When I was younger, I considered myself an active reader. I learned to read at a young age, and my grandmother was a teacher. She always gave my sister and me signed Tomie dePaola books like Strega Nona and The Quilt Story. When I reached the third grade, the Wayside School series by Louis Sachar captivated me with the silly short stories of all the crazy things that happened in the 30-level-high elementary school. Each book that I read had a hint of challenging vocabulary, magic, and curiosity.
But it was when Harry Potter and the Sorcerer’s Stone was published that reading changed for me. Reading became truly magical.
I was 8 years old when the first Harry Potter book was published in the United States. It was a story that I simply couldn’t put down. I was able to read about a kid who was just a little bit older than me who was thrown into this magical world that happened to coexist with our modern world. It existed! My neighbors could really be wizards and witches! It gave me that sense of wonder of what truly was out there. What secrets of our world did I not yet know?
The Harry Potter series opened my eyes to new cultures and places. Although most of the stories take place in Hogwarts and Diagon Alley, J.K. Rowling created this magical world within a world of our own: Earth.
Rowling didn’t take us to far-off lands, mystic moons, or into another galaxy. She brought us to other countries, exposed us to cultures, brought to life ancient myths, and pushed us to question reality. We were exposed to politics, law-making within the wizarding world, prisons and consequences. The Goblet of Fire demonstrated global collaboration between different countries.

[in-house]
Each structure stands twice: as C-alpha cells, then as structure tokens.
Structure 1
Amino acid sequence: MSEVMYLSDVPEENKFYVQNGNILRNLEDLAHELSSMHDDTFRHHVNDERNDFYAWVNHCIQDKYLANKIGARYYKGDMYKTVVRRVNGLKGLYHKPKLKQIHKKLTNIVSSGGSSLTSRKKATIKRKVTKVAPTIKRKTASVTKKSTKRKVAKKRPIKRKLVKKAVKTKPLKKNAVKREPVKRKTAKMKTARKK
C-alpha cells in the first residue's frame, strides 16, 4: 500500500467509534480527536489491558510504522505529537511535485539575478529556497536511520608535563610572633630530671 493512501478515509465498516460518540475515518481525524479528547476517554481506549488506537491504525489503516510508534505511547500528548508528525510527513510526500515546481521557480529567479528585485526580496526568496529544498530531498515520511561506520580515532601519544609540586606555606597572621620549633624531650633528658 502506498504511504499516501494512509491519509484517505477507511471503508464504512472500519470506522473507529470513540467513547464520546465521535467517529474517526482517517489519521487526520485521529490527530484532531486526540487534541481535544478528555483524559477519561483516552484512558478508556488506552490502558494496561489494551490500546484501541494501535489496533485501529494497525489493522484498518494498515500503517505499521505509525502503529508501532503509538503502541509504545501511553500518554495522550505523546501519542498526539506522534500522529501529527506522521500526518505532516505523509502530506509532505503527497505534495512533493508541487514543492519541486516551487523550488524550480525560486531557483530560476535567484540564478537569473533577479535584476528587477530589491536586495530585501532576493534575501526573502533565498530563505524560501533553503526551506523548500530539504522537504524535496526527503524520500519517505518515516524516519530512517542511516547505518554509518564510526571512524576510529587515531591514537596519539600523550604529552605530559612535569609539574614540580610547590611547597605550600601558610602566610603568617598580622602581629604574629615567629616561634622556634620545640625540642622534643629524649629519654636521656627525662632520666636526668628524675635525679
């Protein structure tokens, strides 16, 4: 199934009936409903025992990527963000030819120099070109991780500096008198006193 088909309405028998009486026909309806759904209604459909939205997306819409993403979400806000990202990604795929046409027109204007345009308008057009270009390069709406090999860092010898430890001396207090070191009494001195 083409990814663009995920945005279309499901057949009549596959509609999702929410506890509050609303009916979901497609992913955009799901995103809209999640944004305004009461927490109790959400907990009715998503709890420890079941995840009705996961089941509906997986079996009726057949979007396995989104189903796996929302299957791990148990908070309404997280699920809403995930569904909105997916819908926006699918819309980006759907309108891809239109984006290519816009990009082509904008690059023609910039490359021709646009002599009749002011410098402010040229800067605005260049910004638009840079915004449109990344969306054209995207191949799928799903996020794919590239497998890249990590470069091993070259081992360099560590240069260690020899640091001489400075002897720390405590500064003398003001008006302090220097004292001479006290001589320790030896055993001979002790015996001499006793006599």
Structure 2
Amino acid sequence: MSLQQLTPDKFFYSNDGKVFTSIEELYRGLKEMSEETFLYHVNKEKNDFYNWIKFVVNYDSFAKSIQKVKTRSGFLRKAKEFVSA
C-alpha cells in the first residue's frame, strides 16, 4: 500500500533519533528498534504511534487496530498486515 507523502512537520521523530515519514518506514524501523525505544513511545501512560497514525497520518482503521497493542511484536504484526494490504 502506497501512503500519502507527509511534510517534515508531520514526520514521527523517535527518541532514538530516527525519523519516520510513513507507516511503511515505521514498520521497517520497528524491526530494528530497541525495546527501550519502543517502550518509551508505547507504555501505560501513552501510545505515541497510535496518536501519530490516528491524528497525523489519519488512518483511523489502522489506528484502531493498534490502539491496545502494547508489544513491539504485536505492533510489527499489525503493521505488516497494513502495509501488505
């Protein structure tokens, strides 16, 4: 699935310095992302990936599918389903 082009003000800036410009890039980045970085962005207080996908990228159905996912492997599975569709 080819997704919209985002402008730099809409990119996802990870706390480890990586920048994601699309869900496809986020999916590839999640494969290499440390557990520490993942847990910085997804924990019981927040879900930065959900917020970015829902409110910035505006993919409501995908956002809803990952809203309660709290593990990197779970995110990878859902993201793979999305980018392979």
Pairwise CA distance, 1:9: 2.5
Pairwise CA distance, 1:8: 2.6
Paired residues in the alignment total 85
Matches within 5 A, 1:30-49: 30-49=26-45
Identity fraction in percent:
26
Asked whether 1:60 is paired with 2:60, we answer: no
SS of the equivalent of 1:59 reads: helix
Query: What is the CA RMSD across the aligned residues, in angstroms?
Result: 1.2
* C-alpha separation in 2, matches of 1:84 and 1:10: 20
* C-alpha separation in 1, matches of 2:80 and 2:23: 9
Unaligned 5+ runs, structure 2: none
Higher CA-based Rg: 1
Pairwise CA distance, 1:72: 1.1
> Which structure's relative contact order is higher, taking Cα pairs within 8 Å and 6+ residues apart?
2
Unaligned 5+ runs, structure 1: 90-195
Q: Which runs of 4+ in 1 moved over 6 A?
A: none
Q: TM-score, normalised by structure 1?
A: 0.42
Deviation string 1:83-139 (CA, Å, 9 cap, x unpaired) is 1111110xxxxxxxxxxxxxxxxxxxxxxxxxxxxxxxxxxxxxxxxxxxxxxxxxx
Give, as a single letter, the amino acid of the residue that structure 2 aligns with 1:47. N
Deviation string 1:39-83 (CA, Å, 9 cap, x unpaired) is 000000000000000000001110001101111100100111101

As a fan of the series, I wanted to know where these places all were. I resorted to maps to track the locations. I wanted to know how realistic these locations were. How large was the lake at Hogwarts? How did Muggles not see the giant castle that was on a cliff (other than protective charms)? What did J.K. Rowling include from her own life and experiences into this world? (I later in life traveled to Edinburgh, Scotland where she wrote the stories and explored the cemetery where she found many of the names of her characters.)
Rowling brought us to King’s Cross Station in London to transfer to the Hogwarts Express. We were informed of wizarding schools around the world, such as Durmstrang, Beauxbatons, and Ilvermorny. In fact, a summer goal of mine next year is to hike Mount Greylock in western Massachusetts to analyze the location and see how Ilvermorny would thrive in its location.
Harry Potter found itself on the banned books list for highlighting a different religious viewpoint—the occult—and violence. But in order to be an active global citizen, aren’t we supposed to be exposed to different religious viewpoints? Although the story of Harry Potter is told through the eyes of a wizard, the themes of good vs. evil, friendship, love, community, and curiosity stand out.
The idea of being exposed to witchcraft or Satanism, or that these ideas are stressed in this book is lost when you focus on the larger picture. Good will always conquer evil. It may seem like the world is ending, or that your darkest days will never end. But as Albus Dumbledore reminds us, “Happiness can be found in the darkest of times, if one only remembers to turn on the light.” (J.K. Rowling, Harry Potter and the Prisoner of Azkaban)
As silly as it may sound, Harry Potter changed my life. When I first visited the park in Universal Studios, I actually cried. To be immersed in a culture that was unlike my own was overwhelming. Although I knew that it was all artificial, I felt home.
Harry Potter had cast its spell on me, as it has on millions of people around the world.